Hong Kong: A People’s Storm Over Asia

Since March, Hong Kong has been rocked by mass demonstrations. The protesters opposed a bill that would allow people in Hong Kong to be sent to mainland China for trial. Hong Kongers feared that the Chinese government would use the law to target and imprison activists who oppose the current regime. On September 4, the Hong Kong government was forced to withdraw the bill because of intense public pressure through organized protests all over the island.

Almost a third of the population has been on the streets. What started as protests to withdraw the extradition bill has since broadened to include other demands. Demonstrators want amnesty, as hundreds of protesters have been arrested and face up to 10 years in jail. Other demands include an investigation into police brutality, free and fair elections, and freedom from political interference from mainland China.

Hong Kong is a former British colony that was ceded back to the People’s Republic of China in 1997. But it is supposed to enjoy a special status until 2047, which gives it some political autonomy. Its population wants to protect this autonomy against the ferocious dictatorship in China. Hong Kong is also one of the world’s major financial markets, with plentiful profits for speculators and investors. The territory and its skyscrapers house a population whose standard of living is one of the highest in the world for those at the top.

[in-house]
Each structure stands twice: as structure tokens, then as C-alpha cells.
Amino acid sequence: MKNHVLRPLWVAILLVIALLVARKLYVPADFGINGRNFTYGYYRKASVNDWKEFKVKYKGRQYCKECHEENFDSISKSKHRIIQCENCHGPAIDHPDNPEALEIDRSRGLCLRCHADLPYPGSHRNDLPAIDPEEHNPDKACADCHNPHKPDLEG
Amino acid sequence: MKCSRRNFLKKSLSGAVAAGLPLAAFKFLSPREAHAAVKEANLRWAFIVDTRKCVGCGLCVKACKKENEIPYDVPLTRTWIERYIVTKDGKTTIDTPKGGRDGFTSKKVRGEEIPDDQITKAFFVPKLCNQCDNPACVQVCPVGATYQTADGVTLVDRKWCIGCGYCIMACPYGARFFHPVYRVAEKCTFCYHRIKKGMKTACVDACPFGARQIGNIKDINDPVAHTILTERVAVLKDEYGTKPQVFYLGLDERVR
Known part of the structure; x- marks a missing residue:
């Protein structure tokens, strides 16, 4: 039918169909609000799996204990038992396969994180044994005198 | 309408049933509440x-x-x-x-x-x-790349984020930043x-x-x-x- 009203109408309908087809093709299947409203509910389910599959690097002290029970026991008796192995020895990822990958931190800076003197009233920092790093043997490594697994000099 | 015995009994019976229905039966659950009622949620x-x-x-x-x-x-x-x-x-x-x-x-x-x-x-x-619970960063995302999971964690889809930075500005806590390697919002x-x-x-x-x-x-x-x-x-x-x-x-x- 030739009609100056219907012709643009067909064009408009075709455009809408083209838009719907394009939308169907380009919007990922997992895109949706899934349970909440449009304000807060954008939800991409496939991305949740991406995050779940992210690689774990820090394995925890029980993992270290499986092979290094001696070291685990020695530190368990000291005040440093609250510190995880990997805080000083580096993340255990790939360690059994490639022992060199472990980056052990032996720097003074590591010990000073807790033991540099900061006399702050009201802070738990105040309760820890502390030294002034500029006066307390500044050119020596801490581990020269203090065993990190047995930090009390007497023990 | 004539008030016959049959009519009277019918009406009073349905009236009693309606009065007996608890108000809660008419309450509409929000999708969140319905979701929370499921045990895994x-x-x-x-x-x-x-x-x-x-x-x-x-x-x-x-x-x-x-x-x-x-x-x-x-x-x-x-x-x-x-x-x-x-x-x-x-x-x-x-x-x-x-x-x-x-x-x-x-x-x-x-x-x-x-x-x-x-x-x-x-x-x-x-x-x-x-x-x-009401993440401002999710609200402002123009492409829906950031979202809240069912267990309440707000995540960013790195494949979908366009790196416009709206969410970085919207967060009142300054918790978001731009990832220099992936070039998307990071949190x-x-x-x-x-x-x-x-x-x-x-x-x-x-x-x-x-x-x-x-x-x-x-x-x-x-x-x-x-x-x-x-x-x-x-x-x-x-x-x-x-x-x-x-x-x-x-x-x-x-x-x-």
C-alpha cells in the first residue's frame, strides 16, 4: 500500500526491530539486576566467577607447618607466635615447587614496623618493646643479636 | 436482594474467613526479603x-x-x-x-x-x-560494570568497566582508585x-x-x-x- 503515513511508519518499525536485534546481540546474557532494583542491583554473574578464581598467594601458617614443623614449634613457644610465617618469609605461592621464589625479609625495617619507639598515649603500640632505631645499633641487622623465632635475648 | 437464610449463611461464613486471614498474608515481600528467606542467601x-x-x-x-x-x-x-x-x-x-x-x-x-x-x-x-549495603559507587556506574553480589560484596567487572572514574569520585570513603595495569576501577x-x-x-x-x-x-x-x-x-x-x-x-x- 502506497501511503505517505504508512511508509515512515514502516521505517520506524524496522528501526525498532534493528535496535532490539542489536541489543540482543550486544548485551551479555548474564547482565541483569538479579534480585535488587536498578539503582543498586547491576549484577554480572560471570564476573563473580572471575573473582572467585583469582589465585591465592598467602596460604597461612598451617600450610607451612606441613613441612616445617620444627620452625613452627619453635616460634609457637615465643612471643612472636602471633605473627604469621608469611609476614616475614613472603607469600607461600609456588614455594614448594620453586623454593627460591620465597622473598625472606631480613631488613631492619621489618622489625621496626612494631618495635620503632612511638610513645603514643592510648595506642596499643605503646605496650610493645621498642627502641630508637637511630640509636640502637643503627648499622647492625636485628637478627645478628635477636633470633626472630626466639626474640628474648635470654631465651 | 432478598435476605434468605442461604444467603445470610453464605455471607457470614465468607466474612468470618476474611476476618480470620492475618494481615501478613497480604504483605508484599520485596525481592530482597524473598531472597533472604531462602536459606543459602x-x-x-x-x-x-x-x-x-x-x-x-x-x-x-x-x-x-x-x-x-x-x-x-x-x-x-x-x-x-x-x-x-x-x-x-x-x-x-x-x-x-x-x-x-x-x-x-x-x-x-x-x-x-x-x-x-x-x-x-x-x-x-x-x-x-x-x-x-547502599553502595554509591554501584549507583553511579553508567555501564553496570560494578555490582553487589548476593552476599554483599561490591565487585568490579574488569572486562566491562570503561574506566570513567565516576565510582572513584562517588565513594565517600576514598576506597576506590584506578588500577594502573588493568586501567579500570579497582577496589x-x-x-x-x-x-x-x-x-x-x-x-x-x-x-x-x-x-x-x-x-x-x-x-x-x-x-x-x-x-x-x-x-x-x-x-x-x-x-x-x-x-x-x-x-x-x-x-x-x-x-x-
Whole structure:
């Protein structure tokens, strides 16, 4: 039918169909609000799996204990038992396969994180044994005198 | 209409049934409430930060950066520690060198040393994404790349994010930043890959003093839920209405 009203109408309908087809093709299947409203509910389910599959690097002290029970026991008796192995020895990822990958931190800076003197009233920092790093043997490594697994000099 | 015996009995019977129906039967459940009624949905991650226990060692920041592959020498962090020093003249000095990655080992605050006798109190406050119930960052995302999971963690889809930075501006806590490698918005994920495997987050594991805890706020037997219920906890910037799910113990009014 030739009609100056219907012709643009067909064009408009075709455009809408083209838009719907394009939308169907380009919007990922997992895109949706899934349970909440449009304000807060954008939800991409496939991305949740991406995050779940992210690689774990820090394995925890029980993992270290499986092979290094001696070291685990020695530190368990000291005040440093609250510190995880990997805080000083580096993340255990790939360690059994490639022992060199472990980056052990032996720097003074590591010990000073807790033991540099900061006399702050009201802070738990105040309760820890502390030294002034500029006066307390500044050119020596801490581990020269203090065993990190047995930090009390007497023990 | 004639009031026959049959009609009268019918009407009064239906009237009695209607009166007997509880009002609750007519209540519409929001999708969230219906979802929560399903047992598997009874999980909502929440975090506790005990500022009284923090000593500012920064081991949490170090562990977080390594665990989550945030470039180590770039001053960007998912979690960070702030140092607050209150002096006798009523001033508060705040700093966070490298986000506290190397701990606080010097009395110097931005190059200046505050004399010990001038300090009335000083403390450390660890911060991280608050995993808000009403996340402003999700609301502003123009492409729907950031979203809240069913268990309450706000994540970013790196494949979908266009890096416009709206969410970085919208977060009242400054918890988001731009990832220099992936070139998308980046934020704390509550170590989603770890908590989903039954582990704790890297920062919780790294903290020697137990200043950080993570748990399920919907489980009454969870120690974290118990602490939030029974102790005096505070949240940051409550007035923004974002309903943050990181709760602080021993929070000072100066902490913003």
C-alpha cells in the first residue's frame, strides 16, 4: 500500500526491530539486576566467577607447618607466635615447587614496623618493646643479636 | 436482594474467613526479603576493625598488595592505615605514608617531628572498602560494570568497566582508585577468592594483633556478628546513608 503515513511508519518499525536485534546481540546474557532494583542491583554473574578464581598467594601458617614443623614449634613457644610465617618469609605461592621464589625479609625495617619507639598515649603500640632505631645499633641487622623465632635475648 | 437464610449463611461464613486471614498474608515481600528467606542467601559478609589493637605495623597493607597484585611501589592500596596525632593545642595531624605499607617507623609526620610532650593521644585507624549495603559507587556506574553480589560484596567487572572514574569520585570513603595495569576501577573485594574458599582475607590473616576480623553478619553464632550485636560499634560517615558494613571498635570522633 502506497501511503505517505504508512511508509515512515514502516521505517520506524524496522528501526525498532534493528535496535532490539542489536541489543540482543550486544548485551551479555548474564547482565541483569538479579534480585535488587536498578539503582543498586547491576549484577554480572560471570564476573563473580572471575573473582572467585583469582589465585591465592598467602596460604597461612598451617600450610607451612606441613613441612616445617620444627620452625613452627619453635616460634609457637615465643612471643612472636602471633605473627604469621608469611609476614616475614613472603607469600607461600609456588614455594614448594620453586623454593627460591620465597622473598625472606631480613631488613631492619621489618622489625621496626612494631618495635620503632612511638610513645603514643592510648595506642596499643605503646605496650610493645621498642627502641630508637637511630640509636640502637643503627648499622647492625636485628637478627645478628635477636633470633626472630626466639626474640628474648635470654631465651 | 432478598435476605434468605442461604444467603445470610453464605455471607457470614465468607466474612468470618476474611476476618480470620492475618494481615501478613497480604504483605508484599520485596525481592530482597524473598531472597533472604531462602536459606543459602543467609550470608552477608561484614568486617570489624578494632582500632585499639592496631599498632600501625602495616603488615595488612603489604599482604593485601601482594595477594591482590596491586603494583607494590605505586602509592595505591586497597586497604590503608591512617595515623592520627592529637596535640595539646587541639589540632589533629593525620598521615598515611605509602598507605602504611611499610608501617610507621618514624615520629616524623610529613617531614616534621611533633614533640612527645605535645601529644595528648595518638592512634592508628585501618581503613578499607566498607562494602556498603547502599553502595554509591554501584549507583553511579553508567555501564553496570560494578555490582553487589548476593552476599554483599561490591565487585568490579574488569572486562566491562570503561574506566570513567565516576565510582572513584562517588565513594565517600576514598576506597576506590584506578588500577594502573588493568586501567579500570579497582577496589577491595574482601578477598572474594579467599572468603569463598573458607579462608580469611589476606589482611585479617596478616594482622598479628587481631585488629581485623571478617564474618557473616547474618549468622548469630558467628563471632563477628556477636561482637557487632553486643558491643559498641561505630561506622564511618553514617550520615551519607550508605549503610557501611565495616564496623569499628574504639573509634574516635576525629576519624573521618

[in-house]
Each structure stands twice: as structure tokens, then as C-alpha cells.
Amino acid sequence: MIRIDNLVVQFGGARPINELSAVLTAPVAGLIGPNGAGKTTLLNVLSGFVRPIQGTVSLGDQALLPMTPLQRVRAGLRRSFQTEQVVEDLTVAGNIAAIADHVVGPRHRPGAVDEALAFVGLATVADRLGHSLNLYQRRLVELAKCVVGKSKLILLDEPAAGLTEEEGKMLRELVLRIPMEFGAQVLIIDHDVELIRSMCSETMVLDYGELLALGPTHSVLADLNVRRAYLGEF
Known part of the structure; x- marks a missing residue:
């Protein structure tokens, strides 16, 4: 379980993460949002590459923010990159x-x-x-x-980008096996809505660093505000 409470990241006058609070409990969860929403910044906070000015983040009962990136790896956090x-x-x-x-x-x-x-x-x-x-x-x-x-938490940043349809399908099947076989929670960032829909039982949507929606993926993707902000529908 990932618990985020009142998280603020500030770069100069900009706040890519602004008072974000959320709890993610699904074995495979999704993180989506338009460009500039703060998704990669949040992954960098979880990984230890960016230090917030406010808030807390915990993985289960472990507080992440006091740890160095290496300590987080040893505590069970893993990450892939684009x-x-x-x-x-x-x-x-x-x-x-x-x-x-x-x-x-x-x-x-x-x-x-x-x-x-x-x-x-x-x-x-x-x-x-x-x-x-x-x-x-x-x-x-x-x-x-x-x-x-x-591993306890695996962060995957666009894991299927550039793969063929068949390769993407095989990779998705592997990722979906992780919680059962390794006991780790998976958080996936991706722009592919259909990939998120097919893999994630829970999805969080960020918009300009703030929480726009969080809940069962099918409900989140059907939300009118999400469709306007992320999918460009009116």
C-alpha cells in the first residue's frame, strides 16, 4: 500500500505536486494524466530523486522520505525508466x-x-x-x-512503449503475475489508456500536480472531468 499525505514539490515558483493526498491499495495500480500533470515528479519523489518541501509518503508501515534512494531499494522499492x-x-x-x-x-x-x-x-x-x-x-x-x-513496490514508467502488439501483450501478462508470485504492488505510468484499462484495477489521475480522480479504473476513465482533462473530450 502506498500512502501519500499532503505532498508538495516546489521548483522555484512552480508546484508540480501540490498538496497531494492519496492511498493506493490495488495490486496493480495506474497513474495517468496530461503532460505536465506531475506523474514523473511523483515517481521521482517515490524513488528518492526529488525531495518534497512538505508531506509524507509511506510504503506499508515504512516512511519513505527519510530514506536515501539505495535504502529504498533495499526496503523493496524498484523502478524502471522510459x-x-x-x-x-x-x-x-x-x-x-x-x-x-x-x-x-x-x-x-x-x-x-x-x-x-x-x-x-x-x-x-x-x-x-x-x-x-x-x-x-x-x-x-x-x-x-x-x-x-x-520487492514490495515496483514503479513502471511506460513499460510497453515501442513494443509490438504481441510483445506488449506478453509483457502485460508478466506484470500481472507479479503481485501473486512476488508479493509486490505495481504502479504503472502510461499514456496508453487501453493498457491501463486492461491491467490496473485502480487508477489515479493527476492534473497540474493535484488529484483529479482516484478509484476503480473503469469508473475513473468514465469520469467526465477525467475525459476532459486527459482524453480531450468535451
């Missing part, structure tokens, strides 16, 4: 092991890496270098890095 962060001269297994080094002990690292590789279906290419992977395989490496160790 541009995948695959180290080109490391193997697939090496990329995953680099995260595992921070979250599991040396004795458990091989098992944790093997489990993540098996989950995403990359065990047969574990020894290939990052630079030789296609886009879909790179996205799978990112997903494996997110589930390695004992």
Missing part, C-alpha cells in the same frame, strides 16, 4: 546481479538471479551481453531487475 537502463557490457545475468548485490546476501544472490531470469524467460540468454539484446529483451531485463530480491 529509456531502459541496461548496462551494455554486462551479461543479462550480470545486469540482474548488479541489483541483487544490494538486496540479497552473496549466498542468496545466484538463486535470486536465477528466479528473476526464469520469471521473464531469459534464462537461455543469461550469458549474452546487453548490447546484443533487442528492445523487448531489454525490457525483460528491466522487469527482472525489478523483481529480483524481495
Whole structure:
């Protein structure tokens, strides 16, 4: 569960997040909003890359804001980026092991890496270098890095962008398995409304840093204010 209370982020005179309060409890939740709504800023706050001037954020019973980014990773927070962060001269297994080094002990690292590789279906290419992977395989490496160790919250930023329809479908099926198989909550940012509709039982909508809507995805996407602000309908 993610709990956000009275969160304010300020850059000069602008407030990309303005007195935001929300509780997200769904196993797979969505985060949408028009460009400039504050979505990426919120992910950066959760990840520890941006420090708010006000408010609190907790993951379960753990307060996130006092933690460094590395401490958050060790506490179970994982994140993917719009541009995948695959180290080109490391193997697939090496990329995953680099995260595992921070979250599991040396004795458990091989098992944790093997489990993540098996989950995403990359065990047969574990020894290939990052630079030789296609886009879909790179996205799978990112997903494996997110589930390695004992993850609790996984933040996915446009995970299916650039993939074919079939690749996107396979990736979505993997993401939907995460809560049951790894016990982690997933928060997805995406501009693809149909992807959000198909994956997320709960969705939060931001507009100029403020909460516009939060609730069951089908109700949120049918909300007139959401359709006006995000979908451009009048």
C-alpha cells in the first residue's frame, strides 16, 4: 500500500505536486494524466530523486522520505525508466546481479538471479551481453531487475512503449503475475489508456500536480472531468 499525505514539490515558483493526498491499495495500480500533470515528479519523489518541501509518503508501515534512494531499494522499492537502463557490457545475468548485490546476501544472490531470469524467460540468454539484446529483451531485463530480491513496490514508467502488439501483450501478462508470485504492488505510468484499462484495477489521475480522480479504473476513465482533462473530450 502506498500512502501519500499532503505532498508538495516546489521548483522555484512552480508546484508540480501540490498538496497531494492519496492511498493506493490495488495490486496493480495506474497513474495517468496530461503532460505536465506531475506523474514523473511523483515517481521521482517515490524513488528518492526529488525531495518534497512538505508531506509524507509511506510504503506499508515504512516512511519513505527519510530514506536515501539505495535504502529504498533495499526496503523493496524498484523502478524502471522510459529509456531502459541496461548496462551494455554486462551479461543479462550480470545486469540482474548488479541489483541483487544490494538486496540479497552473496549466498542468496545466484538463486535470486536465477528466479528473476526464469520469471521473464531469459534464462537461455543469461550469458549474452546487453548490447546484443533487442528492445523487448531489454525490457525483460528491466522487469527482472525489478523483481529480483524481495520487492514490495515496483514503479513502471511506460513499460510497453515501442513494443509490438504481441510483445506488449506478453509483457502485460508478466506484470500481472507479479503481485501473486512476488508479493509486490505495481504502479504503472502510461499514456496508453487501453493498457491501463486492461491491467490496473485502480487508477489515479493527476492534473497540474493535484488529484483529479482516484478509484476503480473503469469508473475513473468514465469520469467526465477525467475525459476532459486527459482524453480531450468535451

But Hong Kong is not only made up of the wealthy elite. The demonstrators and strikers are mostly government employees, employees of private companies, workers in the services or transportation, and high school and university students. They are the ones who are threatened with the loss of their democratic rights. They are right to defend them tooth and nail, even if this democracy has its limits!

The Beijing Authorities and the Hong Kong Government have worked together to suppress the protest movement. The Chinese government has threatened the demonstrators, called them “rioters” who commit “terrorist acts”, and deployed 5,000 troops to Shenzhen, a Chinese city less than ten kilometers away from Hong Kong. For now, both governments are content to flex their military power and hope the demonstrations fizzle out. But the threat of a crackdown similar to that of the Chinese army against students and workers in Tiananmen Square in 1989 is certainly possible.

The Hong Kong government and its police force haven’t hesitated to beat, wound, blind, and imprison the protestors. Police have used tear gas, pepper spray, batons, and rubber bullets on the demonstrators, wounding over a thousand people. One woman was hit in the face with a “police projectile” and might lose her eye. Other women have stepped forward to speak out against sexual harassment and assaults at the hands of the police.

As long as the international financial center of Hong Kong remains stable, repression or not, Trump and his good friends in the richest countries will not get involved. Trump even tweeted that Xi Jinping, the President of China, is “a good man in a tough business”. The U.S. rulers, like those in China, are only concerned with their profits, not with the problems faced by ordinary people in Hong Kong.

The people of Hong Kong have shown their fierce determination over months of struggle. They have begun to understand their organized power and their ability to use it to win what they want and need. They have already forced the government to back down, and they show no signs of giving up.

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Featured image source, licensed under CC-BY-SA 4.0 by Hf9631